Lockheed Martin is building some of the world’s biggest radars. The AN/FSY-3 Space Fence, to be operational in 2019, and Long Range Discrimination Radar, to be in service in 2020, are each projected to be on the order of 25 times the size of one AEGIS SPY-1 variant antenna. The company is looking beyond these massive radars which are meeting today’s defence requirements, to deliver next-generation radars that are, “super small, super scalable, and antennas that are hardware- and software-defined on the need of the user, and use a lot less size, weight and power [SWAP],” according to Dr Tony DeSimone, PhD, the Vice President for Engineering Technology at Lockheed Martin RMS Moorestown.
The industry expert noted several years ago, Lockheed Martin started to migrate agility, open architecture and other attributes of software into its radar technology from a hardware perspective: “The scalability of all of our solid-state radars is also based on an open architecture module philosophy, in the sense that we are one of the unique radar providers in that we have an ‘open foundry model’ – we don’t have a foundry of our own.”
This business strategy has reduced costs in the company’s radar programmes and permitted it to quickly integrate best-of-breed technology solutions from this defence industry segment.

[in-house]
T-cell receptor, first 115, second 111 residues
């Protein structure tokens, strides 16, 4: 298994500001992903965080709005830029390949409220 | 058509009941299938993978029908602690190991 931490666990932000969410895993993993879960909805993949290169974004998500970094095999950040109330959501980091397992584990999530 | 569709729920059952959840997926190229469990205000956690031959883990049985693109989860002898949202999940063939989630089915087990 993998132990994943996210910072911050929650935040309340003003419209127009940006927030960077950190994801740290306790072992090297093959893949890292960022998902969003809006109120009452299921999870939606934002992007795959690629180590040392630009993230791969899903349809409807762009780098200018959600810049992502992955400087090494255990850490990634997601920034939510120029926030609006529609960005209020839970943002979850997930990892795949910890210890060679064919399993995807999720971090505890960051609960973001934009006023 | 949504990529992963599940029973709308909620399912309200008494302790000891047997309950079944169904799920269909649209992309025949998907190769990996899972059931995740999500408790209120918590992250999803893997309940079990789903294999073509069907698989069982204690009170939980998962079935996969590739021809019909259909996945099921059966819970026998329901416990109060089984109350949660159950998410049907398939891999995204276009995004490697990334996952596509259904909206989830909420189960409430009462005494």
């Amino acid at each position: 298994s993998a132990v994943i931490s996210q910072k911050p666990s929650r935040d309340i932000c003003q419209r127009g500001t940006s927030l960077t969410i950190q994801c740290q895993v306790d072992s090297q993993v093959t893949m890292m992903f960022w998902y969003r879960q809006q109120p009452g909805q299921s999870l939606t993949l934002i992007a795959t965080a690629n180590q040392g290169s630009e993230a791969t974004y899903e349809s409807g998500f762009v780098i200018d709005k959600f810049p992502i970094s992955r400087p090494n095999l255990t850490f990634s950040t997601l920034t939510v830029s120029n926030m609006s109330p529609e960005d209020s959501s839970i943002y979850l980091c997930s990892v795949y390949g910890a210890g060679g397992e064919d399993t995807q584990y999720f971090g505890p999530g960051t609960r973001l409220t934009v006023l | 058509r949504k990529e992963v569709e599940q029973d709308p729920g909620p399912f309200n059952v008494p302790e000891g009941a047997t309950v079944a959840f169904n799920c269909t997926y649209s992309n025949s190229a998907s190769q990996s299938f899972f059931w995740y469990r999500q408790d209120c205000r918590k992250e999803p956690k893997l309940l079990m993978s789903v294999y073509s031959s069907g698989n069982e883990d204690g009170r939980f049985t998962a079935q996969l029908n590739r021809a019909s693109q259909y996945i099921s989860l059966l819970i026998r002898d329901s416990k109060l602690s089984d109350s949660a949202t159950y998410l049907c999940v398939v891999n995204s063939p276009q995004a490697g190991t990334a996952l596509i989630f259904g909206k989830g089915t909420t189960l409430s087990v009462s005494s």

Lockheed Martin’s plans to stay ahead of its customers’ requirements and its competitors for antennas through two broad technology thrusts.
In one effort, Lockheed Martin will be offering antennas that go beyond what is fielded today by merging the whole electromagnetic spectrum, from electronic warfare though communications, into one system. Dr DeSimone explained this next generation radar, “after this generation, is actually going to merge, from the hardware and software perspectives, all of the electromagnetic spectrum into one hardware- and software-defined technology, where you can say, ‘I want this or that selectable frequency’, and that will be covered in the antenna end as well, on the back end. That is one direction we are going.”
The company is also heavily investing to seamlessly integrate analogue and digital components on a system backend into one technology package, in essence, reducing the radar’s SWAP. The industry expert offered that SWAP is, “really a big thing today. Yes, there are a lot of big radars out there, but there is a lot of need for very small radars that use a lot less power. We feel another place we need to go is to get reduced packaging and reduced power.”